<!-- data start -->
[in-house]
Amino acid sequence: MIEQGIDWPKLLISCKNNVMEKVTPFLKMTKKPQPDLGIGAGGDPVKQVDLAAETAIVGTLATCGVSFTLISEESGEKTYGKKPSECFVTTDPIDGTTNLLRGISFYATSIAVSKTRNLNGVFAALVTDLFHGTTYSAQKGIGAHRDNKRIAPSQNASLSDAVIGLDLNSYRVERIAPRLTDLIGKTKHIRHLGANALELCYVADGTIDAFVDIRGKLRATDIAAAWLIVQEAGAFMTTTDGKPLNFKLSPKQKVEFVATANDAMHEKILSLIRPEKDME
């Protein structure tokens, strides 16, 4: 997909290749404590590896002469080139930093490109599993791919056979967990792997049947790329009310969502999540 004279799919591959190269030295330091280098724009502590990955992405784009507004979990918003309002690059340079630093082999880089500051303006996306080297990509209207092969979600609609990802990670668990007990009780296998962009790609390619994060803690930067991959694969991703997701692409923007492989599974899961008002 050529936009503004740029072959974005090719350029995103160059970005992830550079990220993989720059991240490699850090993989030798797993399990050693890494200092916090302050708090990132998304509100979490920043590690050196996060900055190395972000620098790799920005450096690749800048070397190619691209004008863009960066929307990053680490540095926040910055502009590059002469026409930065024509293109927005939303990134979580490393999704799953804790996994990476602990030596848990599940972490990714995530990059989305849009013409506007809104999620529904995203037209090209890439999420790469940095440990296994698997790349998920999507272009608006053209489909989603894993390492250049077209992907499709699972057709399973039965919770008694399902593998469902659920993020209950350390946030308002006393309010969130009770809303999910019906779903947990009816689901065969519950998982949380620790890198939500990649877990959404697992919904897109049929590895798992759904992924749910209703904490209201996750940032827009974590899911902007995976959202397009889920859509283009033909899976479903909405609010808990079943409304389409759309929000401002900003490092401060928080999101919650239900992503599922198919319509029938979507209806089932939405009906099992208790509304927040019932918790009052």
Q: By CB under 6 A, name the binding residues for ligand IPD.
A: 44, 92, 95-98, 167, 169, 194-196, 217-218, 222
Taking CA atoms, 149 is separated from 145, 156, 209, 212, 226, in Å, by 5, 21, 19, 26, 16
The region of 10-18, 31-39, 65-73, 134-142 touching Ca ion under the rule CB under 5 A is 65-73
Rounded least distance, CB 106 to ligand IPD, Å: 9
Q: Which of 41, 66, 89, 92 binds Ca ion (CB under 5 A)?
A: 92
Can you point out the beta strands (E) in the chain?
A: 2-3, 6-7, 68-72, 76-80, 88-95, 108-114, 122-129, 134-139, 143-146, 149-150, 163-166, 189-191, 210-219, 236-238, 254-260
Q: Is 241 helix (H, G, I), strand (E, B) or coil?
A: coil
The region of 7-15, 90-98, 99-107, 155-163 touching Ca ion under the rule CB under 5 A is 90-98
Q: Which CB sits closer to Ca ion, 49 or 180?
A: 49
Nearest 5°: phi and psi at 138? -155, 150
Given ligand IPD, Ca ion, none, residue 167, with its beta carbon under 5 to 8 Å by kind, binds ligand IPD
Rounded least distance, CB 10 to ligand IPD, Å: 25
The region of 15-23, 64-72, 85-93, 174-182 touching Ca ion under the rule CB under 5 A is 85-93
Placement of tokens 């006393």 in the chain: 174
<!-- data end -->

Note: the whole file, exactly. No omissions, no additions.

[in-house]
Amino acid sequence: MIEQGIDWPKLLISCKNNVMEKVTPFLKMTKKPQPDLGIGAGGDPVKQVDLAAETAIVGTLATCGVSFTLISEESGEKTYGKKPSECFVTTDPIDGTTNLLRGISFYATSIAVSKTRNLNGVFAALVTDLFHGTTYSAQKGIGAHRDNKRIAPSQNASLSDAVIGLDLNSYRVERIAPRLTDLIGKTKHIRHLGANALELCYVADGTIDAFVDIRGKLRATDIAAAWLIVQEAGAFMTTTDGKPLNFKLSPKQKVEFVATANDAMHEKILSLIRPEKDME
């Protein structure tokens, strides 16, 4: 997909290749404590590896002469080139930093490109599993791919056979967990792997049947790329009310969502999540 004279799919591959190269030295330091280098724009502590990955992405784009507004979990918003309002690059340079630093082999880089500051303006996306080297990509209207092969979600609609990802990670668990007990009780296998962009790609390619994060803690930067991959694969991703997701692409923007492989599974899961008002 050529936009503004740029072959974005090719350029995103160059970005992830550079990220993989720059991240490699850090993989030798797993399990050693890494200092916090302050708090990132998304509100979490920043590690050196996060900055190395972000620098790799920005450096690749800048070397190619691209004008863009960066929307990053680490540095926040910055502009590059002469026409930065024509293109927005939303990134979580490393999704799953804790996994990476602990030596848990599940972490990714995530990059989305849009013409506007809104999620529904995203037209090209890439999420790469940095440990296994698997790349998920999507272009608006053209489909989603894993390492250049077209992907499709699972057709399973039965919770008694399902593998469902659920993020209950350390946030308002006393309010969130009770809303999910019906779903947990009816689901065969519950998982949380620790890198939500990649877990959404697992919904897109049929590895798992759904992924749910209703904490209201996750940032827009974590899911902007995976959202397009889920859509283009033909899976479903909405609010808990079943409304389409759309929000401002900003490092401060928080999101919650239900992503599922198919319509029938979507209806089932939405009906099992208790509304927040019932918790009052």
Q: By CB under 6 A, name the binding residues for ligand IPD.
A: 44, 92, 95-98, 167, 169, 194-196, 217-218, 222
Taking CA atoms, 149 is separated from 145, 156, 209, 212, 226, in Å, by 5, 21, 19, 26, 16
The region of 10-18, 31-39, 65-73, 134-142 touching Ca ion under the rule CB under 5 A is 65-73
Rounded least distance, CB 106 to ligand IPD, Å: 9
Q: Which of 41, 66, 89, 92 binds Ca ion (CB under 5 A)?
A: 92
Can you point out the beta strands (E) in the chain?
A: 2-3, 6-7, 68-72, 76-80, 88-95, 108-114, 122-129, 134-139, 143-146, 149-150, 163-166, 189-191, 210-219, 236-238, 254-260
Q: Is 241 helix (H, G, I), strand (E, B) or coil?
A: coil
The region of 7-15, 90-98, 99-107, 155-163 touching Ca ion under the rule CB under 5 A is 90-98
Q: Which CB sits closer to Ca ion, 49 or 180?
A: 49
Nearest 5°: phi and psi at 138? -155, 150
Given ligand IPD, Ca ion, none, residue 167, with its beta carbon under 5 to 8 Å by kind, binds ligand IPD
Rounded least distance, CB 10 to ligand IPD, Å: 25
The region of 15-23, 64-72, 85-93, 174-182 touching Ca ion under the rule CB under 5 A is 85-93
Placement of tokens 């006393």 in the chain: 174